The title screen kicks things off with The Vine’s inescapable early ’00s rocker, “Get Free,” leading one to expect what follows will be frenetic and exciting. We open upon a shot of the Statue Of Liberty at night. Suddenly, a power outage plunges the city into blackness. Seconds (minutes?) later, the power returns, and Lady Liberty is gone, stolen by unseen forces. (Bizarrely, the authorities do not think to question David Copperfield.) The Arc De Triomphe, the Washington Monument—all the world’s great marvels are being stolen, and it’s up to the Angels to find them. Which seems like a rather large task for three women based in California, but at least matches the gonzo, outsized nature of the movies. News media breathlessly reports on the thefts—but sadly, it appears that the International Hareld Tribune has lost its copy editor:
The game kicks off with Natalie strutting down a makeshift runway in a red, white, and blue bikini, thus beginning the T&A portion of the game, which will not cease until the final punch is thrown. At least this first level tries to explain the revealing outfits narratively; from here on out, it’s every item of clothing for itself.
The game reduces the Angels intellectually as well. The movies made sure to depict them as fiercely intelligent, if idiosyncratic. Natalie might be an irredeemable ditz in some ways, but she could also identify rare species of birds based solely on their call. Game Natalie comes upon a mechanical drawbridge control—presumably not the most confusing piece of hardware ever loosed upon the world—and is dumbfounded. So she pulls a Fonzie: one swift kick, and it drops. She may get results, but not via her wits—or by extension, yours.
Each level is more or less identical: The three Angels slowly wend their way through a morass of interchangeable henchmen, until finally arriving at a computer, at which point one of them types for a second, and then it’s off to another interstitial scene to explain the next level. The stages just sort of peter out, rather than ending with any sort of climax or big fight. Variety was not high on Neko Entertainment’s list of priorities—at least, not as high as making sure that, even when fighting in the Alaskan tundra, Natalie doesn’t want to wear any pants.
Even with that threadbare structure guiding it, Charlie’s Angels can’t follow its own instructions. For example, level six has the Angels infiltrating the Forbidden City in the heart of Beijing, to prevent the theft of the emperor’s throne. Charlie gives them explicit instructions: Get in there undetected, and get to the throne room. Finally, a chance for the Angels to exercise that much-vaunted stealth prowess. Only, getting in “undetected” turns out to mean “Hey Dylan, run up to a bunch of goons outside the city and start kicking them, like an aggravated 8-year-old.” This could be a funny inversion of expectations if the game evinced any awareness of its own silliness.
As the Angels head to a secret lair hidden at the bottom of the Grand Canyon (Alex somehow gets there via jetpack, which seems unnecessary when heading straight down into the Earth), a series of elevated platforms leads you to a final confrontation with the evil billionaire behind these thefts. Yes, he’s been hiding the Statue Of Liberty in a bunker underneath the Grand Canyon. There should be some sort of evil billionaire award for that.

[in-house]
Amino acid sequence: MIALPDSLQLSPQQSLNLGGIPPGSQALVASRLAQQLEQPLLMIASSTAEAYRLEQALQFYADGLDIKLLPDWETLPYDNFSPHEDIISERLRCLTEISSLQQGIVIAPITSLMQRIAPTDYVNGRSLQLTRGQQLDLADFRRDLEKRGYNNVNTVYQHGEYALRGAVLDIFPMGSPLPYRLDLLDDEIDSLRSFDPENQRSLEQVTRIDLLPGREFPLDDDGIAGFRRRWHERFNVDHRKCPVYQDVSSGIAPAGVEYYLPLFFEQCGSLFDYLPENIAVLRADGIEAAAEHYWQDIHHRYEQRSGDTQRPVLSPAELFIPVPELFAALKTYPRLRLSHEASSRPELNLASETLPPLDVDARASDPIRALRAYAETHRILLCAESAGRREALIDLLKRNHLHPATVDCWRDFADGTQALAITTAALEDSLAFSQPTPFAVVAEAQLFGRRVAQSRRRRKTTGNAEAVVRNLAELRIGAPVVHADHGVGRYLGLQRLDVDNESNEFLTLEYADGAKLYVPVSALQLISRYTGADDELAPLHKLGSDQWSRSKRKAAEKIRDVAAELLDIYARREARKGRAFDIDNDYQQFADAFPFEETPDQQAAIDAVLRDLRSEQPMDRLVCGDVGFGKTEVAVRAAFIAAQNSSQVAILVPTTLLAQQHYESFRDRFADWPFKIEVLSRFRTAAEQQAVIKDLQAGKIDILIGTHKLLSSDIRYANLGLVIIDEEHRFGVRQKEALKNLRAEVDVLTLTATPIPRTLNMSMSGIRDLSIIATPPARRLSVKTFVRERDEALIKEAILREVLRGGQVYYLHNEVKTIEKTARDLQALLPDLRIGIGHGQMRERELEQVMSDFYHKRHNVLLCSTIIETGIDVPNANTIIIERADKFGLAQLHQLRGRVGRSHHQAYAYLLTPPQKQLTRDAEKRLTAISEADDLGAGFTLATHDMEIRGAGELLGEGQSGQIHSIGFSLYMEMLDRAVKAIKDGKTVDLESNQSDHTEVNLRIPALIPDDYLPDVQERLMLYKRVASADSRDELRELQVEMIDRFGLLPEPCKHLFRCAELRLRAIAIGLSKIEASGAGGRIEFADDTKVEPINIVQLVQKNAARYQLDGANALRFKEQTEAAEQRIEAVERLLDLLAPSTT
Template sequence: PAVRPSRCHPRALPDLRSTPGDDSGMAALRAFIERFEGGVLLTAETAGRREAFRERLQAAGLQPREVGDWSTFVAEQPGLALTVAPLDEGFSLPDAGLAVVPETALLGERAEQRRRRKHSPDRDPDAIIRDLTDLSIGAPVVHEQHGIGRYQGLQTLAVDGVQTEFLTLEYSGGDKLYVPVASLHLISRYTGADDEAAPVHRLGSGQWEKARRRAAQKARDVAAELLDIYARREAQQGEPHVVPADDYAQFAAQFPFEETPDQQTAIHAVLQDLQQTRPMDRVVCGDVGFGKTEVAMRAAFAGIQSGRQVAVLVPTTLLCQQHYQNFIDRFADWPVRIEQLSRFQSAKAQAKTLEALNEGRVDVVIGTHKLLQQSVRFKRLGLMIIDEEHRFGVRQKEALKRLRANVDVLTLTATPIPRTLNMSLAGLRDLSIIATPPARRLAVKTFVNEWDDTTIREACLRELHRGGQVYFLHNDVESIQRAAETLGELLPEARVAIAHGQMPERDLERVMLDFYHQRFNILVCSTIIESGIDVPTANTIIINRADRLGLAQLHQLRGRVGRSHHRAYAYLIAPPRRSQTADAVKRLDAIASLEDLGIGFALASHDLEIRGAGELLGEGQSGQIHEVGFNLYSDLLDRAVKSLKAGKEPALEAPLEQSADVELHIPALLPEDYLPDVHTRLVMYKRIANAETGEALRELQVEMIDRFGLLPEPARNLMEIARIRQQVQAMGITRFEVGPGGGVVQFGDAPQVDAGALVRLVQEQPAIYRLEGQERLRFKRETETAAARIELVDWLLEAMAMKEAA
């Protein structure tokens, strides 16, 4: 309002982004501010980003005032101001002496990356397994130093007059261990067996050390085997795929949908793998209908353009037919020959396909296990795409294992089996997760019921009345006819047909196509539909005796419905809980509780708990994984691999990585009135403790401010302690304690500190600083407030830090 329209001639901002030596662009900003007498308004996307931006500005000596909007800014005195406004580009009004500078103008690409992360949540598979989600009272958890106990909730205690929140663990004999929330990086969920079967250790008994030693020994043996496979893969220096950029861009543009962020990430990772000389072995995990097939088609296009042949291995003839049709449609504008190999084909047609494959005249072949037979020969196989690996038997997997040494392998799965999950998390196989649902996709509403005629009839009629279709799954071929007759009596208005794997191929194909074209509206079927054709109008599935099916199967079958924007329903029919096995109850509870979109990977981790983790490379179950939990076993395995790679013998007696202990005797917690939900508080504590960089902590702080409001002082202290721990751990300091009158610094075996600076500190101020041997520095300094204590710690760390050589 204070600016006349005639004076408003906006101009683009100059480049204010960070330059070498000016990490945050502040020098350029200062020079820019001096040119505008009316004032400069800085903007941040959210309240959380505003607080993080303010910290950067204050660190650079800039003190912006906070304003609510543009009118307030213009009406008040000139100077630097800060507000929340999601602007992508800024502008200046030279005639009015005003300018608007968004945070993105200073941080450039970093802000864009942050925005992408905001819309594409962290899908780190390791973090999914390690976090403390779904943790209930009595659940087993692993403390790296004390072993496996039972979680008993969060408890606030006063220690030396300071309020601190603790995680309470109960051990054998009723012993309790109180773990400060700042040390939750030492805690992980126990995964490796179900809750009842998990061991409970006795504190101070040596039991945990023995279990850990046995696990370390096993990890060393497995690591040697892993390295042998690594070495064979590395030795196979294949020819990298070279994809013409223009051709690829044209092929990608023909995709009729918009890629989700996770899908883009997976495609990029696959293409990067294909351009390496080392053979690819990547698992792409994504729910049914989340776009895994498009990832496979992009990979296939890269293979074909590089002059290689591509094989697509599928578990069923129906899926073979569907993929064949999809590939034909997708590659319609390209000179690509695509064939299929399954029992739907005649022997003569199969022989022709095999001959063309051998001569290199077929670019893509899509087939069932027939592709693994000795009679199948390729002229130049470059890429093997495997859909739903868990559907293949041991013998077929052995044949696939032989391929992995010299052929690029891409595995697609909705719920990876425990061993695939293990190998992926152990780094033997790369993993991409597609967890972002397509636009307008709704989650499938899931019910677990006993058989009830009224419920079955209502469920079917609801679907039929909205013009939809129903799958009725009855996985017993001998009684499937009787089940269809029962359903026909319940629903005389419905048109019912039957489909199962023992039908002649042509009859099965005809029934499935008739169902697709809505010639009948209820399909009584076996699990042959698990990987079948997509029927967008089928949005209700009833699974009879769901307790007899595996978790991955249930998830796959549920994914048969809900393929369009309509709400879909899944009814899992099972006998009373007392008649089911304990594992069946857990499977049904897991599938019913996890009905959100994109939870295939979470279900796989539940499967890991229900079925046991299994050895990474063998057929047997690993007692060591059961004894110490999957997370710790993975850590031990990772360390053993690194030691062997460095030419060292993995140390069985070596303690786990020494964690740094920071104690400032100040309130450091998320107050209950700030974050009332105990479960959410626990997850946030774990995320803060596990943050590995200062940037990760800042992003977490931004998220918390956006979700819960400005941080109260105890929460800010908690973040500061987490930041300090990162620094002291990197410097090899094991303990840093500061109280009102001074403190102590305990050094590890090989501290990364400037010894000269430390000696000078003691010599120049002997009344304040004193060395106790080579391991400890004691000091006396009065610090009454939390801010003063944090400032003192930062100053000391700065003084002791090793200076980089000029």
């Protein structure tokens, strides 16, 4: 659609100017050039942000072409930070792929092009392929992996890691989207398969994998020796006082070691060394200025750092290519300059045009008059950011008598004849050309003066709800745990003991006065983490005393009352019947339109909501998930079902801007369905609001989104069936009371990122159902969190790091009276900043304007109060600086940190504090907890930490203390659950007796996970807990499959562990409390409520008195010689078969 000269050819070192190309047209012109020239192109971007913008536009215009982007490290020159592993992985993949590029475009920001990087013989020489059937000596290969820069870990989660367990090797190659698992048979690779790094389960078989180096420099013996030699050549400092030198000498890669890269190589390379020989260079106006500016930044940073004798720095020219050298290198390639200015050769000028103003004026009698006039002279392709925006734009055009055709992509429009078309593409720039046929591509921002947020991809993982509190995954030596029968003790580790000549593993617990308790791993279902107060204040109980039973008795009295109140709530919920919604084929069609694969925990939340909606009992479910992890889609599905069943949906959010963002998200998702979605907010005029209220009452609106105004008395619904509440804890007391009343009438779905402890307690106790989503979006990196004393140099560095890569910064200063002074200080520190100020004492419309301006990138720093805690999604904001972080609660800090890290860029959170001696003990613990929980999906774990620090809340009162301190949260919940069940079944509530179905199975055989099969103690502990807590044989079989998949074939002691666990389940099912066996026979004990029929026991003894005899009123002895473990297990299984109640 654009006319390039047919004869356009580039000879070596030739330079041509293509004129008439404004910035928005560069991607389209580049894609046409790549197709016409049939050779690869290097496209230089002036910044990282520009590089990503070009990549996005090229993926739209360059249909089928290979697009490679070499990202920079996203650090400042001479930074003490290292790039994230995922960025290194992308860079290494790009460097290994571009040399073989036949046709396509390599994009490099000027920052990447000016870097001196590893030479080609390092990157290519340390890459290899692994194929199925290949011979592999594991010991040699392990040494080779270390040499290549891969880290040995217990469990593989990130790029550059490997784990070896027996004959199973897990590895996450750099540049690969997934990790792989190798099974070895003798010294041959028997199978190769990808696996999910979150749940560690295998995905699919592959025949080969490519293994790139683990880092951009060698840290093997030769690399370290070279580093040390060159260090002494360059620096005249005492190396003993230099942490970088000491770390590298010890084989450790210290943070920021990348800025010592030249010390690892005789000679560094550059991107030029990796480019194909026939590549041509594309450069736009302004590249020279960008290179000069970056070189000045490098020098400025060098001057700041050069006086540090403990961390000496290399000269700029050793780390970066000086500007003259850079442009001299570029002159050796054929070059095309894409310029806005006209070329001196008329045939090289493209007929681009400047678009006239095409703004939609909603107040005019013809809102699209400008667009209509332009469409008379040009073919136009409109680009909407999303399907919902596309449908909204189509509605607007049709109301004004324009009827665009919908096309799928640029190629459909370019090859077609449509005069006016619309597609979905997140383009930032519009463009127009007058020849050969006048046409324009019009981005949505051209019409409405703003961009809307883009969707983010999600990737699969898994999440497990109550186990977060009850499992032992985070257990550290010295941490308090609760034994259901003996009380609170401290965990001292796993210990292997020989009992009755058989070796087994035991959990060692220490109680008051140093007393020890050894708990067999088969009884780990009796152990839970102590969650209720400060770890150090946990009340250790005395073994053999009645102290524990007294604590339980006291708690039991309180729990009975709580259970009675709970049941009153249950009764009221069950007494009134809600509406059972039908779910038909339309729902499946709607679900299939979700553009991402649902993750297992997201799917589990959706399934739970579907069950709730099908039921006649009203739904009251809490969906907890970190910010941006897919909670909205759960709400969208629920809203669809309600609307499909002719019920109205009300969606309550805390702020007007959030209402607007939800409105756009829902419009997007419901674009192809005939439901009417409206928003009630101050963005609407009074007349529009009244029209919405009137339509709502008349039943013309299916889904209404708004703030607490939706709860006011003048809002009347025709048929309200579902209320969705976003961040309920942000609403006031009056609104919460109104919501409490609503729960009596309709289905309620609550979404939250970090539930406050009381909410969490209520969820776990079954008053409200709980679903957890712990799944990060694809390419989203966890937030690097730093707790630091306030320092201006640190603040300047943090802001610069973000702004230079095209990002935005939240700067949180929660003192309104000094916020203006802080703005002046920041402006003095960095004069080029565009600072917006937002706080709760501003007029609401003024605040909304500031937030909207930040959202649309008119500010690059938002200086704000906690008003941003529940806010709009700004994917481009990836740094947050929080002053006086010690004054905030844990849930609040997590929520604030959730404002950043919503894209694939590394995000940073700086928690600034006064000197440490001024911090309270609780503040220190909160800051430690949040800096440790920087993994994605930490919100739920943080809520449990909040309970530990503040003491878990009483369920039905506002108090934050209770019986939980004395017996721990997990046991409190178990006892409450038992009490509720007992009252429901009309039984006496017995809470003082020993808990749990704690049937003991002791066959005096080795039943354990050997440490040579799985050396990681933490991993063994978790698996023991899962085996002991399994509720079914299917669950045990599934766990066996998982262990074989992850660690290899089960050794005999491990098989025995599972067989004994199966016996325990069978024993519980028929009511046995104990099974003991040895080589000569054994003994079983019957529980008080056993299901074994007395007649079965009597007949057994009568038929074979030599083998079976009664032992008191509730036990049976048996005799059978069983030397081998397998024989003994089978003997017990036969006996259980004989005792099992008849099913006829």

After a perfunctory fight, the Statue Of Liberty wobbles and the torch comes crashing down on our nemesis. Does the metallic cone of the torch crush Mr. McBadguy? No, somehow it traps him, the edges of the torch forming a perfect jail cell. Forget that we’ve just spent an entire game presumably kicking and punching endless goons into pulp—this gentleman must live, via the physics-defying ability to transform Lady Liberty’s torch into a Supermax. A perfect opportunity to laugh at this outlandish resolution is instead treated with a dour “justice is done.”
The failure of this woebegone Charlie’s Angels adaptation draws as much from an inability to recognize the value of its source material as it does the unsurprising rotten execution of video game basics. Even the subpar movie sequel at least understands what makes these characters fun: the self-awareness of their silliness. Dylan, Alex, and Natalie have endless versatility, combined with effervescent personalities that sparkle in the face of any obstacle. These characters were quite literally created to be put through any Earthly situation imaginable, and the only thing the game’s developers could imagine them doing is throwing punches while wearing horrendously inappropriate clothing. Performing kung-fu in unzipped jumpsuits seems like it would be tough for anyone.
Somewhere along the line, someone should have noticed what made the movie fun: how unbelievably ridiculous it is. Both the film and game are part of a fundamentally shlocky property, but only the former understands itself as such. Winking self-referentialism can be good or bad, but for a dual exercise in cheesecake glamour and cartoon action, a little ability to poke fun at yourself goes a long way.